- Wernicke's aphasia
- Word-finding difficulties: the feeling that a word is at the tip of the tongue, but it just won't roll out
- Pure word deafness
- Transcortical aphasia
- Amnestic dysnomia: difficulty retrieving names for things and people
- Hearing loss: Usually hearing loss is mild after one temporal lobe is affected by a stroke. But when both temporal lobes are affected the result might be complete deafness. This is very rare.
- Auditory agnosia: Difficulty recognizing combinations of sounds such as songs, musical tones, and complex conversations.
- Auditory verbal agnosia: This is the same as pure word deafness (see above)
- Auditory illusions: Aberrant perception of normal sounds so that they feel unusual, strange, repeated, or loud.
- Auditory hallucinations: One hears sounds that are not there. These sounds may be very complex (the sound of a song being played on the radio) or very simple (whistles or sirens). People may or may not realize that these sounds represent a hallucination. In some cases auditory hallucinations may be accompanied by visual ones.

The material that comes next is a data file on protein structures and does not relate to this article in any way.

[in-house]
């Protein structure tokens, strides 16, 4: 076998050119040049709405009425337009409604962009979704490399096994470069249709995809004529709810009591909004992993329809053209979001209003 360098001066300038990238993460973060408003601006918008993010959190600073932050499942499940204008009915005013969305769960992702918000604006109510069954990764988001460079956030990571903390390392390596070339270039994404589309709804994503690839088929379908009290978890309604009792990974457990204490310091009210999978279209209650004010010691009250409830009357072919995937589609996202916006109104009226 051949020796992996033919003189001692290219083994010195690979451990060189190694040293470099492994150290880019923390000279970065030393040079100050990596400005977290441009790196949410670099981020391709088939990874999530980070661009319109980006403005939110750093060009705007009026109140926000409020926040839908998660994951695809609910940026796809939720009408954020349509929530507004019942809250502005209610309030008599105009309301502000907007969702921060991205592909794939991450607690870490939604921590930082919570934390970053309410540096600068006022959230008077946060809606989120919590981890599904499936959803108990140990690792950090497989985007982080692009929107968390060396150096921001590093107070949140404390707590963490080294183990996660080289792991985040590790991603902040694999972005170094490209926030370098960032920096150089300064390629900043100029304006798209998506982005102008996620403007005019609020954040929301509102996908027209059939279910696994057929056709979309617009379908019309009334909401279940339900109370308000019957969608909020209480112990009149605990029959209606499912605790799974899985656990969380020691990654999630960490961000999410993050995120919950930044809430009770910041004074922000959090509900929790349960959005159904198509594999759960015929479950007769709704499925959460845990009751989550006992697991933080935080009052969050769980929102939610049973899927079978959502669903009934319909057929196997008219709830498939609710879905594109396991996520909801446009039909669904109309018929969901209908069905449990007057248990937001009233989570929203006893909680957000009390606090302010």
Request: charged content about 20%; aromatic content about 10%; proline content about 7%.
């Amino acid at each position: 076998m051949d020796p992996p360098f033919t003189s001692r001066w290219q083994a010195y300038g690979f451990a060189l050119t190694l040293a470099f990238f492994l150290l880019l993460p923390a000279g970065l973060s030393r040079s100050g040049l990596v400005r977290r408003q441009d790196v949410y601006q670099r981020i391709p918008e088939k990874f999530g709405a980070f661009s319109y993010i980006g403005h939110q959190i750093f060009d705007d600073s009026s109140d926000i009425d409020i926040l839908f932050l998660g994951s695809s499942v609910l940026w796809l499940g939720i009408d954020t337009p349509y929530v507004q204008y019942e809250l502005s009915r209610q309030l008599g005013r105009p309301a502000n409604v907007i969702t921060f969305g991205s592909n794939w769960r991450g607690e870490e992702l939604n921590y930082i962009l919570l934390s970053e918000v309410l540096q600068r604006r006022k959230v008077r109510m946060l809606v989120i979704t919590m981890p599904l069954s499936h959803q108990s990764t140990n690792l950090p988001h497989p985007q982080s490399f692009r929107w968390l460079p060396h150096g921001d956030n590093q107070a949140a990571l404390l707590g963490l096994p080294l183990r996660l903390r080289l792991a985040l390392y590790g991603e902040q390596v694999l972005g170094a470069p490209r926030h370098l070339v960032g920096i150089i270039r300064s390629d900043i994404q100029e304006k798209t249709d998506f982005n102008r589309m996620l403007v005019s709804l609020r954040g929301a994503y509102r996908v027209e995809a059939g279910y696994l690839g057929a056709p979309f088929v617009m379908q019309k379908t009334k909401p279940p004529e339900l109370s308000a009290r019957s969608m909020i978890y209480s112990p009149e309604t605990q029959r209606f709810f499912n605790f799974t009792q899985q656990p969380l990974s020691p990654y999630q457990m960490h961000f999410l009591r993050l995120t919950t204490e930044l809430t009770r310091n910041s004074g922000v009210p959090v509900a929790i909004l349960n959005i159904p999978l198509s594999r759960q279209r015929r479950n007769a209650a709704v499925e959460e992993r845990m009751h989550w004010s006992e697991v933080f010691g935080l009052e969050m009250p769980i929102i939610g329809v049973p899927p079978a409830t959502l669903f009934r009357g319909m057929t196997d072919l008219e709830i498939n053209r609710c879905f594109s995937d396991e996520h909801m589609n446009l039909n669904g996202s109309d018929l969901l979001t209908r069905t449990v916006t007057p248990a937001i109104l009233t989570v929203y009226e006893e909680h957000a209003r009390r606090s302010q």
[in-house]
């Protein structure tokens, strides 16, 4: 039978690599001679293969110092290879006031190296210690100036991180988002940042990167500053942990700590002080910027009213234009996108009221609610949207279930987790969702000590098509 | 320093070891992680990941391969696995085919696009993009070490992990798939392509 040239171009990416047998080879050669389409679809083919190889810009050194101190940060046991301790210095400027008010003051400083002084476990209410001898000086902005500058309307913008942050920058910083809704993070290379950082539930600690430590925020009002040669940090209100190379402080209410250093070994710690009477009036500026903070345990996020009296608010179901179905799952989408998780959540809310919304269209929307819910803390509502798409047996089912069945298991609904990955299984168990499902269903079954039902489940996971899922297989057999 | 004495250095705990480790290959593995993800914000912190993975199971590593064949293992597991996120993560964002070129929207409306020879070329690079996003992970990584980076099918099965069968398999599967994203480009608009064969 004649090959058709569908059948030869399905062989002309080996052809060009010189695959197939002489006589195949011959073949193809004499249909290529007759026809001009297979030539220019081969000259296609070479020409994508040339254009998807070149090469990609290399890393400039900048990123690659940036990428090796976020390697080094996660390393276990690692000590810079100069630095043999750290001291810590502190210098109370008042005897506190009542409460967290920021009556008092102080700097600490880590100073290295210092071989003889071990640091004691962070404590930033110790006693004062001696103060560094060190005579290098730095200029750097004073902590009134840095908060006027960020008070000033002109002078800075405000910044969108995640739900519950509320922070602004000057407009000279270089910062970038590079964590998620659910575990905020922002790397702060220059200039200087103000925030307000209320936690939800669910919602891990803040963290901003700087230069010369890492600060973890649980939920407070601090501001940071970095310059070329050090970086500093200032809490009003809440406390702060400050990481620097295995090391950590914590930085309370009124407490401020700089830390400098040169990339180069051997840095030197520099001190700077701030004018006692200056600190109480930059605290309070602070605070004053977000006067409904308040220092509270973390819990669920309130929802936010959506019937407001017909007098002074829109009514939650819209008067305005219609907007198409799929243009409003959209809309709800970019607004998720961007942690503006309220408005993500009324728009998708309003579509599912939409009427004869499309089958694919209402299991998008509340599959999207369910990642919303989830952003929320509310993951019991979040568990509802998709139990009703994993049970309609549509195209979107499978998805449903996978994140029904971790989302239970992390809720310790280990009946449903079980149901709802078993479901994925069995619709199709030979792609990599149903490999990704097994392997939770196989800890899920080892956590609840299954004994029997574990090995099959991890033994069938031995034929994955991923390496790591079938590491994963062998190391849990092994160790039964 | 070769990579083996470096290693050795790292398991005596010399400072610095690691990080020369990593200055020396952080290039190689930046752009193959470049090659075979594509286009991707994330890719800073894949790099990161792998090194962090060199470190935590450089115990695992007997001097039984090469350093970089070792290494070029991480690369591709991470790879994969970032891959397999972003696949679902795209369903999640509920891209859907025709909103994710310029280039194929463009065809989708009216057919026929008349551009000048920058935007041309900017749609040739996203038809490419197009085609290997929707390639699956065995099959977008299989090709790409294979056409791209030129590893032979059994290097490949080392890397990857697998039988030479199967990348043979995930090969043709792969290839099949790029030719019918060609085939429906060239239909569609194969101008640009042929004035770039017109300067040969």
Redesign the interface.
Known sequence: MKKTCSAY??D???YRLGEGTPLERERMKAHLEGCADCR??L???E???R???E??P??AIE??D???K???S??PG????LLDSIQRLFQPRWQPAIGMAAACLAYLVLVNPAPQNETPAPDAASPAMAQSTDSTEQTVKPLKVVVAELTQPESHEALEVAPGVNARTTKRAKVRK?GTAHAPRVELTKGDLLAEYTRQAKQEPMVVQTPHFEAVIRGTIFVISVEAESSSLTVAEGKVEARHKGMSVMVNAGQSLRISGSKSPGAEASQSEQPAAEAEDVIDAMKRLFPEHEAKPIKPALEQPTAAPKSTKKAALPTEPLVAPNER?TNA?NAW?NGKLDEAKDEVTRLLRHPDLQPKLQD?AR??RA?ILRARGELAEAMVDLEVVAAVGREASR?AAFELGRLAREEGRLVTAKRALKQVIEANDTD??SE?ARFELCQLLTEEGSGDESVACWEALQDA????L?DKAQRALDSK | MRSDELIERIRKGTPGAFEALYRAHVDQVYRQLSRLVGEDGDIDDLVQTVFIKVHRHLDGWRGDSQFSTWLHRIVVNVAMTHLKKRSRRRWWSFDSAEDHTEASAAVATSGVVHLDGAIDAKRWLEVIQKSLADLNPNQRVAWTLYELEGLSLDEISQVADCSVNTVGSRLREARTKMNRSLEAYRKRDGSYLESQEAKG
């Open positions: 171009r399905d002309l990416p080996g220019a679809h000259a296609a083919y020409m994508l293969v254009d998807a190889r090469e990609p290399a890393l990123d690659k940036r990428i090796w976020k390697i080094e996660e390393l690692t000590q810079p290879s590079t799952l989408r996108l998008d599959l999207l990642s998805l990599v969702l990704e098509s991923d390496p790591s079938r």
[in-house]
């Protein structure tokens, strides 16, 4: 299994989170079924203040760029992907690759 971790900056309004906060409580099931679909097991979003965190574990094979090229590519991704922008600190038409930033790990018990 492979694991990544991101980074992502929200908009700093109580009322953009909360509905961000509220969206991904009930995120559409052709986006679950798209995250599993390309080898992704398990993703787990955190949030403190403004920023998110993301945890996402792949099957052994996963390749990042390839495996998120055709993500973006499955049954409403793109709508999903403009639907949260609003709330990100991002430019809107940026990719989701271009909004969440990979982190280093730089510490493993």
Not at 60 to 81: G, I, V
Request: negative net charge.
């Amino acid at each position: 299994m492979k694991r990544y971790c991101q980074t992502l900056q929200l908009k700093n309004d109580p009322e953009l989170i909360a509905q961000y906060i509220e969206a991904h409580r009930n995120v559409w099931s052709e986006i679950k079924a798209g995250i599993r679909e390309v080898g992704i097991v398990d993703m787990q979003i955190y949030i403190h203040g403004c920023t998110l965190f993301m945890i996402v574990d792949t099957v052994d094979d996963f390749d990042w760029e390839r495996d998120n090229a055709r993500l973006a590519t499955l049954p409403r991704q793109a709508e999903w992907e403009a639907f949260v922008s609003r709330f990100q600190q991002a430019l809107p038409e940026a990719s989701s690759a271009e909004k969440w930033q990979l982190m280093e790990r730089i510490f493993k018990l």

Memory, Emotion and Behavior
- Loss of short or long term memory
- Fits of rage
- Violent or aggressive behavior
- Lack of interest
- Abnormally enhanced sexuality
- Vertigo (a type of balance problem)
- Abnormal perception of time: A feeling that time stands still or goes by extremely quickly. People might intermittently lose sense of what year, season or month it is.
- Disturbances of smell and taste:
Allan Ropper and Robert Brown, Adam's and Victor's Principles of Neurology, 8th Edition McGraw-Hill Companies Inc, United States of America, 2005, pp 417-430.